When things feel tough, when realities like the fact that my father is still locked up after 37 years pound at the doors of my heart and head, I try to remember that, at 2 years old, people taught me how to dig into my soul, have faith in the unknown and grow whatever I want.

You can also drop Seth a note at the following address: Robert Seth Hayes, 74-A-2280, Wende CF, Wende Rd., P.O. Box 1187, Alden, NY 14004-1187. And check out his website, www.sethhayes.org.

Please join “Free Robert Seth Hayes” on Facebook. Here you can find out more details about his parole process, his health and how to help.

Crystal M. Hayes is the mother of a 17-year-old daughter, Myaisha. Crystal received her BA from Mount Holyoke College in African and African American studies and politics and a master’s degree in clinical social work from the Smith College School for Social Work. She lives in North Carolina and is currently writing a book about race and motherhood. Her research and writing interests include gender, Black life and culture, and social policy. Crystal is a dynamic public speaker who addresses wide audiences from youth groups to colleges, churches and other organizations. She can be reached at crystalmhc@hotmail.com.

* Locavore was the New Oxford American Dictionary’s 2007 Word of the Year. The editors explain: “The ‘locavore’ movement encourages consumers to buy from farmers’ markets or even to grow or pick their own food, arguing that fresh, local products are more nutritious and taste better. Locavores also shun supermarket offerings as an environmentally friendly measure, since shipping food over long distances often requires more fuel for transportation.”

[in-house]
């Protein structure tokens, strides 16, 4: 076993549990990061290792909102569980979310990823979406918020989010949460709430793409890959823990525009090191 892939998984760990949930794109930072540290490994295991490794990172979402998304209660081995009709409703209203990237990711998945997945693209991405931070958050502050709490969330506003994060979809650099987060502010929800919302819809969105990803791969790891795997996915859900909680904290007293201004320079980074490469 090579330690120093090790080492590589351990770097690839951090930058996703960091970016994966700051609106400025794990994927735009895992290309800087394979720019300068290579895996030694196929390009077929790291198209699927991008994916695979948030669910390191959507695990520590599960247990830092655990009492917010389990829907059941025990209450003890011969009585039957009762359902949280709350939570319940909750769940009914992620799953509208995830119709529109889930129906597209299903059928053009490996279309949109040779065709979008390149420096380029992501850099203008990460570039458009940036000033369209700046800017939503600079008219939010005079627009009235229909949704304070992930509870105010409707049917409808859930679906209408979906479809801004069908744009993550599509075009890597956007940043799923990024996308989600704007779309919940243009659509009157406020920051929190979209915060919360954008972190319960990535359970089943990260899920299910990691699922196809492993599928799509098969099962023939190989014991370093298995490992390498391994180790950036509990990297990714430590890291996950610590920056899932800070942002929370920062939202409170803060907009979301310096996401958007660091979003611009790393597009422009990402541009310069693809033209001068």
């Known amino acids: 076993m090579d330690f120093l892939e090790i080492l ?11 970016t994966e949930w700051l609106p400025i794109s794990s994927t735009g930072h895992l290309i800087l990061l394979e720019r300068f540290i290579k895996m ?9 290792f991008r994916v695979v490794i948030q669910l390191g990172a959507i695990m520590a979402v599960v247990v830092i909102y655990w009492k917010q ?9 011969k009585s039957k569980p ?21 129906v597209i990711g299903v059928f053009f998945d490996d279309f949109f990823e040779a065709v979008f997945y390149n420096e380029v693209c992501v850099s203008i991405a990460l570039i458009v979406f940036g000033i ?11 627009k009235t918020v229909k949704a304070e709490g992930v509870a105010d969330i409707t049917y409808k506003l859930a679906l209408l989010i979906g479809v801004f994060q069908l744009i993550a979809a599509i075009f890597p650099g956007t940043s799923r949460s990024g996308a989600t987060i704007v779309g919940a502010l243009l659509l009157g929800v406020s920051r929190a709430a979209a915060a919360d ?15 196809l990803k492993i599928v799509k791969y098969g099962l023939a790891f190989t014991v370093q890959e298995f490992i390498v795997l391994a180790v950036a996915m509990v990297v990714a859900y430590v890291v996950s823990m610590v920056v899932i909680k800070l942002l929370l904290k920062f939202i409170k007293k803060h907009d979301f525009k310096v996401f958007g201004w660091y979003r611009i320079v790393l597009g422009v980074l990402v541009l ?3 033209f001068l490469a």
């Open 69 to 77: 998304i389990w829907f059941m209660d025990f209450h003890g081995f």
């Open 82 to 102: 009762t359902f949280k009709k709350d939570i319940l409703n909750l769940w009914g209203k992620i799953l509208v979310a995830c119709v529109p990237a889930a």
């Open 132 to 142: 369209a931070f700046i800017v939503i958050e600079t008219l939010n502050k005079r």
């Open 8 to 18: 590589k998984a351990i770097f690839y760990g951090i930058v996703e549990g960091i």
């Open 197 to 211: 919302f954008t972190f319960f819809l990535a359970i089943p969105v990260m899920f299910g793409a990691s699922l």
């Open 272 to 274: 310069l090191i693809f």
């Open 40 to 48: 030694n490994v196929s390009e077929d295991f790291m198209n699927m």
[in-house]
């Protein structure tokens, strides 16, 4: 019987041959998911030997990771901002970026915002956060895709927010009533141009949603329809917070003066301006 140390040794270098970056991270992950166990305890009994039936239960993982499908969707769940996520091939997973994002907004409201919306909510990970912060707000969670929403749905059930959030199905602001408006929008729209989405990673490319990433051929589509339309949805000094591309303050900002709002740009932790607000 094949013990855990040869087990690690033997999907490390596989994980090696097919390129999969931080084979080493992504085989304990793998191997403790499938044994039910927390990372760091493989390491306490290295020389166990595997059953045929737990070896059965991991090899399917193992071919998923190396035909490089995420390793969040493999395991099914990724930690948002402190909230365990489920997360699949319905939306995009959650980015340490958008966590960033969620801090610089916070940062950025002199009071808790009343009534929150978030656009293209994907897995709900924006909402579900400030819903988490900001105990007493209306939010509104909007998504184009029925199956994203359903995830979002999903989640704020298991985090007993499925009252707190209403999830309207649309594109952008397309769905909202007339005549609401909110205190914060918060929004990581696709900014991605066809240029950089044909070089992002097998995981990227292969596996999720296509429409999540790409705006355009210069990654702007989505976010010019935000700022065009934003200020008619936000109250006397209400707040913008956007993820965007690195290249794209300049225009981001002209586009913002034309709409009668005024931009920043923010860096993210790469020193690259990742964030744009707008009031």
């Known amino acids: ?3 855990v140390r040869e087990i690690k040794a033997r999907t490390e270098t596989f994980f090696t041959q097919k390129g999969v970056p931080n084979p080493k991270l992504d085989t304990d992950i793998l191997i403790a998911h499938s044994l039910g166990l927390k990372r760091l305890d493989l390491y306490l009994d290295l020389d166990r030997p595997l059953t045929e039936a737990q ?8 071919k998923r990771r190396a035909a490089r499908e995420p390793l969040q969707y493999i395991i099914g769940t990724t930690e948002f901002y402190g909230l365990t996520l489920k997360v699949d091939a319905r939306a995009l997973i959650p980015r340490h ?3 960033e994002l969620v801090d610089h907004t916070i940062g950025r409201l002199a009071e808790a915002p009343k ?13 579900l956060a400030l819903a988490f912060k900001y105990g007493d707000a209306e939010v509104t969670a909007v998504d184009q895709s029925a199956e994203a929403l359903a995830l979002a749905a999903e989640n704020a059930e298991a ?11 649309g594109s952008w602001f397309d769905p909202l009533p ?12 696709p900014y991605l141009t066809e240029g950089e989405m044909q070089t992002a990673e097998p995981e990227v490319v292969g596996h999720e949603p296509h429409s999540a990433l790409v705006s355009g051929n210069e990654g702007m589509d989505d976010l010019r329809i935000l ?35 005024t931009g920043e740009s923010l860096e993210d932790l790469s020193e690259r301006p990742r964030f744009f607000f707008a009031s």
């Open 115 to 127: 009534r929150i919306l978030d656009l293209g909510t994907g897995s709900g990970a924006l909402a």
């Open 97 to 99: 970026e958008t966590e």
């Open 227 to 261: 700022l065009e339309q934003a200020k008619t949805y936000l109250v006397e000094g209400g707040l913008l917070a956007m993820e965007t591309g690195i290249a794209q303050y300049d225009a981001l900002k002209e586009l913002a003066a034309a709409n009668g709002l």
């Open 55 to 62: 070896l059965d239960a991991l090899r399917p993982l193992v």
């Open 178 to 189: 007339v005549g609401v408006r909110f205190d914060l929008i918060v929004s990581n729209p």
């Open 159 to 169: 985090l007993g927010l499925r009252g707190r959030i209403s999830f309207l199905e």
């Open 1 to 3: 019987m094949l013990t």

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3 thoughts on “Growing up, growing hope, growing food: Michelle Obama’s garden

  1. Ann Garrison

    Would that the people of D.R. Congo were able to keep their families together, plant some seeds, and watch them grow. Instead of being ripped apart, separated from the land and its wealth by the relentless U.S./Anglophone war for Congo’s unparalleled natural resources.

    Reply
  2. Chon Woon Hong

    As the First Lady of a nation like USA, Mrs. Obama could have been more cautious in doing things like this. In fact, the term “organic farming” has been and is being oversold. Oranic farming is not the solution for food problem of the world. Is USDA illegalizing conventional farming? No, and it will not. Major production of food will rely on conventional farming in most of the wealthy countires. In theory and practice, organic farming cannot replace the conventional farming, since the latter is reqires more labor while the productivity is much lower than the former.
    Mrs. Obama may misguide many commoners as if all the vegetables should be produced by organic faming, which is impractial.

    Reply